Worth Running Again.

Eventually it will warm up (I hope so) and people will turn to taking care of their yards. One of the most important things people living on Manistee Lake can do to protect the lake from degradation is to avoid the use of lawn chemicals on lake front properties.  So, you might ask, why are fertilizer and weed killers so bad for the lake? Here’s why.


Let’s start with fertilizer. The main ingredients in fertilizer that makes grass grow are phosphorus and nitrogen.  Phosphorus stays on the surface of the soil, so when it rains, it runs off the surface and into the lake.  Nitrogen on the other hand percolates down through the soil and into the groundwater where it eventually discharges into the lake.  If these chemicals make your grass grow,  in the water they also make weeds, including milfoil, grow.  They are also the main food for algae. So the more we put in the lake, the more algae we will get when the weather gets warm.  Since Manistee Lake is shallow, it is more sensitive to these inputs and warms faster.  We spend a lot of money  and work trying to prevent the growth of Eurasian milfoil in our lake and every time someone’s fertilizer gets into the lake, it works against this effort.


Knowing all this, fertilizer companies market something they call “lake safe” fertilizer. It is a fraud.  While this fertilizer does not contain phosphorus, it still contains nitrogen. It isn’t safe for the lake.  If you need to fertilize your lawn, use lake water to water it. There is enough phosphorus and nitrogen in the water already to be decent fertilizer.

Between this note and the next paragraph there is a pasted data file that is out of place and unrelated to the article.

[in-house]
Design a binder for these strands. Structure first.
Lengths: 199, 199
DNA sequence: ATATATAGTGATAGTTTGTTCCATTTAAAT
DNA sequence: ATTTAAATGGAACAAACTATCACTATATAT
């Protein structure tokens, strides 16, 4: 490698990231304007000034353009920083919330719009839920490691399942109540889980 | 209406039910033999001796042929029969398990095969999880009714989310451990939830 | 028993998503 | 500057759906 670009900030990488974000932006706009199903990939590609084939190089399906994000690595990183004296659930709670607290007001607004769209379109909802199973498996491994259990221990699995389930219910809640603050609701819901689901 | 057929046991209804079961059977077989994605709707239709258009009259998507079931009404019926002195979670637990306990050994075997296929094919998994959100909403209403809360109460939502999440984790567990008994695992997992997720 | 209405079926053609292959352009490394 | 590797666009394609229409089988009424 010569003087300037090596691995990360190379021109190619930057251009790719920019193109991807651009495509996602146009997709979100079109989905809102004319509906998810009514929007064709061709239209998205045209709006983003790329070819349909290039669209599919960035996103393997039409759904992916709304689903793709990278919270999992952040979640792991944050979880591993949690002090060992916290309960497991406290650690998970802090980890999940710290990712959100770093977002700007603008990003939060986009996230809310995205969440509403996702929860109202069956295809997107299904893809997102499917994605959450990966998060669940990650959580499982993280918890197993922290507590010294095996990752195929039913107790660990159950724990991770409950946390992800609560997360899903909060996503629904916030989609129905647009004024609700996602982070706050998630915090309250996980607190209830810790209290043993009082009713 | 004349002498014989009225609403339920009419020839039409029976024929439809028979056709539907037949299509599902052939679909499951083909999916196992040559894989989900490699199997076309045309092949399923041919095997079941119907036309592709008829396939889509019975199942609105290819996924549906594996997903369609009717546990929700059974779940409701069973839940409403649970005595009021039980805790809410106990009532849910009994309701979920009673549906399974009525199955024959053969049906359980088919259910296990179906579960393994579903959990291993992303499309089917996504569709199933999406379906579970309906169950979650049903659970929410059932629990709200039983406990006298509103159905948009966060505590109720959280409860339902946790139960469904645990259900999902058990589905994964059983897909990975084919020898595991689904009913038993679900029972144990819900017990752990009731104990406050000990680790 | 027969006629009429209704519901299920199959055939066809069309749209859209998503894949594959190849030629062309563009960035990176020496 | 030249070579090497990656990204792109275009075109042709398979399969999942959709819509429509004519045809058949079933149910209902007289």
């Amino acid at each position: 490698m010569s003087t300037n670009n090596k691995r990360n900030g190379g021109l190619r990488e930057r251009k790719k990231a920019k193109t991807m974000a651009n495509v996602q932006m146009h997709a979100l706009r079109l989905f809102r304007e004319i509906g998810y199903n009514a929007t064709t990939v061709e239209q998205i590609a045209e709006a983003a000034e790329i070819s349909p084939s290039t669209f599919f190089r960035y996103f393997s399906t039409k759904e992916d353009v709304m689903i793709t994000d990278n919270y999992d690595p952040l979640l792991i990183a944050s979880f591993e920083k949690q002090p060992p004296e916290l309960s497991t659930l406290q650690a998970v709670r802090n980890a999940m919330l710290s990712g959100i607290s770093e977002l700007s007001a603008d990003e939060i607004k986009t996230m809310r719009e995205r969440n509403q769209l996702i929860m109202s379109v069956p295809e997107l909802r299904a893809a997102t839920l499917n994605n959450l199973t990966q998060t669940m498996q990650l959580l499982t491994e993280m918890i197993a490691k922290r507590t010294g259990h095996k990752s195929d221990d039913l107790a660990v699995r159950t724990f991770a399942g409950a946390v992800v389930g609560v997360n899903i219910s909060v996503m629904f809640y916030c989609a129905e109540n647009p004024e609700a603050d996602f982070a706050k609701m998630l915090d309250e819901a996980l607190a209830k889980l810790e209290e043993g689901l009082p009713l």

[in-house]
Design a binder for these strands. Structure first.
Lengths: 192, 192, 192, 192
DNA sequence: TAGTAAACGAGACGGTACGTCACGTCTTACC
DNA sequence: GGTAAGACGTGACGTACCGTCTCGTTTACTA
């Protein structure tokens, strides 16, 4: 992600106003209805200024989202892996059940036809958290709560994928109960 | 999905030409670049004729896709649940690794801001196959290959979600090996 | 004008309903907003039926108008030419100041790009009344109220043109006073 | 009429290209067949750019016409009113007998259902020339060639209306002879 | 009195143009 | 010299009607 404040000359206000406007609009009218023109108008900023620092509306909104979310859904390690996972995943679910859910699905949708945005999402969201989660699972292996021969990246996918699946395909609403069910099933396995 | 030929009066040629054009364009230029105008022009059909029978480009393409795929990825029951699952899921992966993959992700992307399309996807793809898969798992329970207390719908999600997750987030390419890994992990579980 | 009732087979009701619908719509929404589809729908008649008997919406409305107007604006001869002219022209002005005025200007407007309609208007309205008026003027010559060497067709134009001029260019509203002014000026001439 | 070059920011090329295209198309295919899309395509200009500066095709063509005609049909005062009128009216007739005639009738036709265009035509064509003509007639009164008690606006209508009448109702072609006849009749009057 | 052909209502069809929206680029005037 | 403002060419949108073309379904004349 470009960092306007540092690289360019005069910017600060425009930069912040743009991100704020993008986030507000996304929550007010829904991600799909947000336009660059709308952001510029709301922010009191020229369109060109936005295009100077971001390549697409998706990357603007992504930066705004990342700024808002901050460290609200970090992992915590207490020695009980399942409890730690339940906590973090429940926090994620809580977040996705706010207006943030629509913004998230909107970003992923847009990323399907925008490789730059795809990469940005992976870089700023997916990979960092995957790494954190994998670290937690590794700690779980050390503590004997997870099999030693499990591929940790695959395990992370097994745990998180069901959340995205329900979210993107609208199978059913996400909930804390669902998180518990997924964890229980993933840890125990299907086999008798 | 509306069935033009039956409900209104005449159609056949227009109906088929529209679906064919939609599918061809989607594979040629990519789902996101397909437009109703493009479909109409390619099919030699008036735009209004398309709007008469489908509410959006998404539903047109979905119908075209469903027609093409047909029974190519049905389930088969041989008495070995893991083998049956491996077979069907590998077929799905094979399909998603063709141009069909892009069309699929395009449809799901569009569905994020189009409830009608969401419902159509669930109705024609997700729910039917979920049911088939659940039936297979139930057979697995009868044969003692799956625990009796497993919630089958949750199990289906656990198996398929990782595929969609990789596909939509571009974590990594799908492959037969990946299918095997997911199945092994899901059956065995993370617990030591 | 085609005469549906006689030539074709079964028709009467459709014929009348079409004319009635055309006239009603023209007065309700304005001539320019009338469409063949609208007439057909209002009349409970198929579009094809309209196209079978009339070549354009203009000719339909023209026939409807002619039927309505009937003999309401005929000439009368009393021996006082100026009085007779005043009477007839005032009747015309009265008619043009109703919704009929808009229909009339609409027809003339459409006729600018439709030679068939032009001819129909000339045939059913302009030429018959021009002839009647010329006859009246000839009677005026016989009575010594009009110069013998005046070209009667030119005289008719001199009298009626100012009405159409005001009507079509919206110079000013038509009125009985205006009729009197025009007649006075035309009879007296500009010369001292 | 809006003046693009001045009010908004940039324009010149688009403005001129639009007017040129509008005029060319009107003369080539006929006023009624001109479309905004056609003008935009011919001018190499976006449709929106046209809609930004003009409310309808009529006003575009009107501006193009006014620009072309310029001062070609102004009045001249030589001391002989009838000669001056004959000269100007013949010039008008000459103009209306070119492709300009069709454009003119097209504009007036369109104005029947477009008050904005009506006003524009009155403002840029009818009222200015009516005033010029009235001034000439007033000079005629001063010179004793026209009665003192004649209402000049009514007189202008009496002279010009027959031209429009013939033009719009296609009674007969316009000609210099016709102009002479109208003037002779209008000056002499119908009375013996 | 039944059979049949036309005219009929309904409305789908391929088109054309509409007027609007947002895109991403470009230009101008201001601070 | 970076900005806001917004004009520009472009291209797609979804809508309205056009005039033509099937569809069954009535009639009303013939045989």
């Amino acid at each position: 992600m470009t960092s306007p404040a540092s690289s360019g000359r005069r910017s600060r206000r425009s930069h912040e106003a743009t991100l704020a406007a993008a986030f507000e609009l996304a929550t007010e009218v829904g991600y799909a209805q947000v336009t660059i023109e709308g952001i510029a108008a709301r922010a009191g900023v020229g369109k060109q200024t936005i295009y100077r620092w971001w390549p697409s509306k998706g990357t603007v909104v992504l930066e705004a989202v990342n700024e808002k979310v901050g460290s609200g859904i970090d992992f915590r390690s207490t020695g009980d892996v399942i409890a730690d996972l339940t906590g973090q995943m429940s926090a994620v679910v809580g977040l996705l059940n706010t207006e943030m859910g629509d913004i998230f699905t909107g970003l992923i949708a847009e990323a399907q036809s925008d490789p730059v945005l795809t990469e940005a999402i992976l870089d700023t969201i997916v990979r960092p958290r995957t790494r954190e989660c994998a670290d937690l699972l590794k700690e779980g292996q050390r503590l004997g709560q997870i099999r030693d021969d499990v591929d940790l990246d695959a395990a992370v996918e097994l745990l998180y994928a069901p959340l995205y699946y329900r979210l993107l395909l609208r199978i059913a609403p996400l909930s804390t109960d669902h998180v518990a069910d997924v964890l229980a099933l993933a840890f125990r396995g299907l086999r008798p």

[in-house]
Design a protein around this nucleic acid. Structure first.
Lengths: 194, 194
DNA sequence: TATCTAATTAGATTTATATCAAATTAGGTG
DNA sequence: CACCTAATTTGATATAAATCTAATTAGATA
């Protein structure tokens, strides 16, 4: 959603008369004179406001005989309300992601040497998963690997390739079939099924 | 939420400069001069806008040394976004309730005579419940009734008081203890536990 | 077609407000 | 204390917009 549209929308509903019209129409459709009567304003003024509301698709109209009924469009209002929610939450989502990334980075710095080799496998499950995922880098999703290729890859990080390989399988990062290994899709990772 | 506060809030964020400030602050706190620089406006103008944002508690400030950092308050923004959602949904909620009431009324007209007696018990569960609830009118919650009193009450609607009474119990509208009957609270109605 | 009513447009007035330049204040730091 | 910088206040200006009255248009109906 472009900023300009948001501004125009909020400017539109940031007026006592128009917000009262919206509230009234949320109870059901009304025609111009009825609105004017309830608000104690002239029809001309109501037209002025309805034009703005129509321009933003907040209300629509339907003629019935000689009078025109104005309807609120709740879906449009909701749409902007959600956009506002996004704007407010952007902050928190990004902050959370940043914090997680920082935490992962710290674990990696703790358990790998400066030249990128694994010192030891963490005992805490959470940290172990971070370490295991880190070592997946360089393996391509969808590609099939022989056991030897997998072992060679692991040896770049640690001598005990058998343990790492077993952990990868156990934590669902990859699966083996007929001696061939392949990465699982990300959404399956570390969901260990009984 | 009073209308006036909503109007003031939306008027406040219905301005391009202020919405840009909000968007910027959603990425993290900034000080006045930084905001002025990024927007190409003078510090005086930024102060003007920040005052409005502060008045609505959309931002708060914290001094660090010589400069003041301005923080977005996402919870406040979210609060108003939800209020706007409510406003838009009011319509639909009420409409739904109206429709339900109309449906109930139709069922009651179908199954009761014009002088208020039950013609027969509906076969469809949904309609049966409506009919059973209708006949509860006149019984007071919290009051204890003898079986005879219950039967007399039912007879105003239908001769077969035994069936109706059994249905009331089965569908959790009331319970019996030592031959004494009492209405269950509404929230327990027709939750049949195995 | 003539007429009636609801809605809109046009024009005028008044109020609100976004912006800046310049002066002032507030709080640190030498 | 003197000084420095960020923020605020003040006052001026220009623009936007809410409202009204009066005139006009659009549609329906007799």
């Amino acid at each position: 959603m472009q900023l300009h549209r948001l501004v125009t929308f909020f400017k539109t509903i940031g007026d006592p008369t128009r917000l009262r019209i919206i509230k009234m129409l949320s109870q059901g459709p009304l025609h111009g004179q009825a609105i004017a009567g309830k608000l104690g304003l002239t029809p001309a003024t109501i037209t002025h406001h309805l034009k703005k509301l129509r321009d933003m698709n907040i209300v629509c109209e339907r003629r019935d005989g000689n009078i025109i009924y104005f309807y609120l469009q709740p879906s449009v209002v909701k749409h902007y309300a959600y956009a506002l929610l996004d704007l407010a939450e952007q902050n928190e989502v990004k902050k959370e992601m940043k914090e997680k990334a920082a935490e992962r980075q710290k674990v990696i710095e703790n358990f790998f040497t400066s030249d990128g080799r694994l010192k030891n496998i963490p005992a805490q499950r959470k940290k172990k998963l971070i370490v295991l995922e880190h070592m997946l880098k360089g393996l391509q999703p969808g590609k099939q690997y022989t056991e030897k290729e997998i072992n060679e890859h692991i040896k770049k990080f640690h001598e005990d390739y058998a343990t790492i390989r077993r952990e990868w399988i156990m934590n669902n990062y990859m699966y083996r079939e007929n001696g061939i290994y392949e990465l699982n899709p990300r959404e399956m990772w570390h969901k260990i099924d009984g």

TruGreen and other lawn applicator companies claim their sprays are not toxic and only contain chemicals that are government approved, suggesting that means they are safe.  Some also assert that nothing they use will get into the groundwater.  Well, if they aren’t using nitrogen, then you are paying for fertilizer that doesn’t fertilize.


Now, weed killers.  Like fertilizer helps weeds grow, weed killer runs off into the lake and kills aquatic plants.  Most lawn herbicides are what are called “broad spectrum”. That means they kill lots and lots of different stuff. .  Many of their weed killers use known herbicides.  If they kill plants, they must have some level of toxicity. Used properly they may be safe for people and pets, but they will still kill lake weeds if it gets into the water. Many say they only use organic products, as if that is a synonym for safe. In chemistry, organic means built on carbon. You know, like DDT,  PFAS and dioxin.  You wouldn’t want to consume them. We surely don’t want them in our lake.


While we want to prevent milfoil, and we use a highly selective herbicide in controlled and limited applications to do that, there are native plants, like pond weed, that are essential to maintaining the health of the lake.  Broad spectrum weed killers kill these plants too. The native plants help keep the water clear by binding up the sediment at the bottom of the lake including the phosphorus and nitrogen in the sediment. This helps retard algae growth. These plants help oxygenate the lake. They provide important fish cover critical to maintaining our excellent fishery. Killing them might make boating better in some portions of the lake but will result in huge algae blooms later in the summer that will make the lake unusable, will deplete the oxygen in the water and kill off fish.


You live here because of this lake.  The Manistee Lake Association and the Manistee Lake Improvement Board are dedicated to protecting Manistee Lake for our future.  If allowed to turn into an algae filled swamp you won’t be able to use it and your property values will crash. Is having a suburban lawn up here in the north woods really that important?  Please help protect Manistee Lake and don’t fertilize your yard or use weed killer.  While you are at it, is your septic system working well? Does it need pumping or repair? Bad septic systems are the other big source of trouble for our lake, but more on that another time.



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